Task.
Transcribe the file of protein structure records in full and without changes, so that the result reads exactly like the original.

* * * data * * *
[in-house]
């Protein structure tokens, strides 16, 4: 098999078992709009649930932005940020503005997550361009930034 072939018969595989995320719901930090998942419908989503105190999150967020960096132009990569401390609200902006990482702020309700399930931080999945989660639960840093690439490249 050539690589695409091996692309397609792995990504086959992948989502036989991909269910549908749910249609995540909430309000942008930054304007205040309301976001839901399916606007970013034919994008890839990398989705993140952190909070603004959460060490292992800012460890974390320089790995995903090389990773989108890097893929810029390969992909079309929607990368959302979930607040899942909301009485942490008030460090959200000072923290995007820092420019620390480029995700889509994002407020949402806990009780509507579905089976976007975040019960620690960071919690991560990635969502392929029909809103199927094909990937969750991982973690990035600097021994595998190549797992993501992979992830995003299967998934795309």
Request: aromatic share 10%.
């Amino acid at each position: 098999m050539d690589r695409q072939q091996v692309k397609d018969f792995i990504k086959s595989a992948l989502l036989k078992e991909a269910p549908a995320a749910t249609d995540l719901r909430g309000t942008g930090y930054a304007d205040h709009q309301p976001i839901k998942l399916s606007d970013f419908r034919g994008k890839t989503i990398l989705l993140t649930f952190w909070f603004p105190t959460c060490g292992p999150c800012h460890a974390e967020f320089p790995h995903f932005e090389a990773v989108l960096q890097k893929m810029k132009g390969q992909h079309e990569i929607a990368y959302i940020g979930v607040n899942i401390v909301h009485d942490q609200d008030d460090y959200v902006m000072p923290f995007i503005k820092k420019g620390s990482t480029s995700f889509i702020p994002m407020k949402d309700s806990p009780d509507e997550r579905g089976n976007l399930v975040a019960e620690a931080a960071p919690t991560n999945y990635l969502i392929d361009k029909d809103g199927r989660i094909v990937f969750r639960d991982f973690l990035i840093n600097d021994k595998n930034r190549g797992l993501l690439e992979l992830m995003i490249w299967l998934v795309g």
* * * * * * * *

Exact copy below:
[in-house]
């Protein structure tokens, strides 16, 4: 098999078992709009649930932005940020503005997550361009930034 072939018969595989995320719901930090998942419908989503105190999150967020960096132009990569401390609200902006990482702020309700399930931080999945989660639960840093690439490249 050539690589695409091996692309397609792995990504086959992948989502036989991909269910549908749910249609995540909430309000942008930054304007205040309301976001839901399916606007970013034919994008890839990398989705993140952190909070603004959460060490292992800012460890974390320089790995995903090389990773989108890097893929810029390969992909079309929607990368959302979930607040899942909301009485942490008030460090959200000072923290995007820092420019620390480029995700889509994002407020949402806990009780509507579905089976976007975040019960620690960071919690991560990635969502392929029909809103199927094909990937969750991982973690990035600097021994595998190549797992993501992979992830995003299967998934795309």
Request: aromatic share 10%.
């Amino acid at each position: 098999m050539d690589r695409q072939q091996v692309k397609d018969f792995i990504k086959s595989a992948l989502l036989k078992e991909a269910p549908a995320a749910t249609d995540l719901r909430g309000t942008g930090y930054a304007d205040h709009q309301p976001i839901k998942l399916s606007d970013f419908r034919g994008k890839t989503i990398l989705l993140t649930f952190w909070f603004p105190t959460c060490g292992p999150c800012h460890a974390e967020f320089p790995h995903f932005e090389a990773v989108l960096q890097k893929m810029k132009g390969q992909h079309e990569i929607a990368y959302i940020g979930v607040n899942i401390v909301h009485d942490q609200d008030d460090y959200v902006m000072p923290f995007i503005k820092k420019g620390s990482t480029s995700f889509i702020p994002m407020k949402d309700s806990p009780d509507e997550r579905g089976n976007l399930v975040a019960e620690a931080a960071p919690t991560n999945y990635l969502i392929d361009k029909d809103g199927r989660i094909v990937f969750r639960d991982f973690l990035i840093n600097d021994k595998n930034r190549g797992l993501l690439e992979l992830m995003i490249w299967l998934v795309g």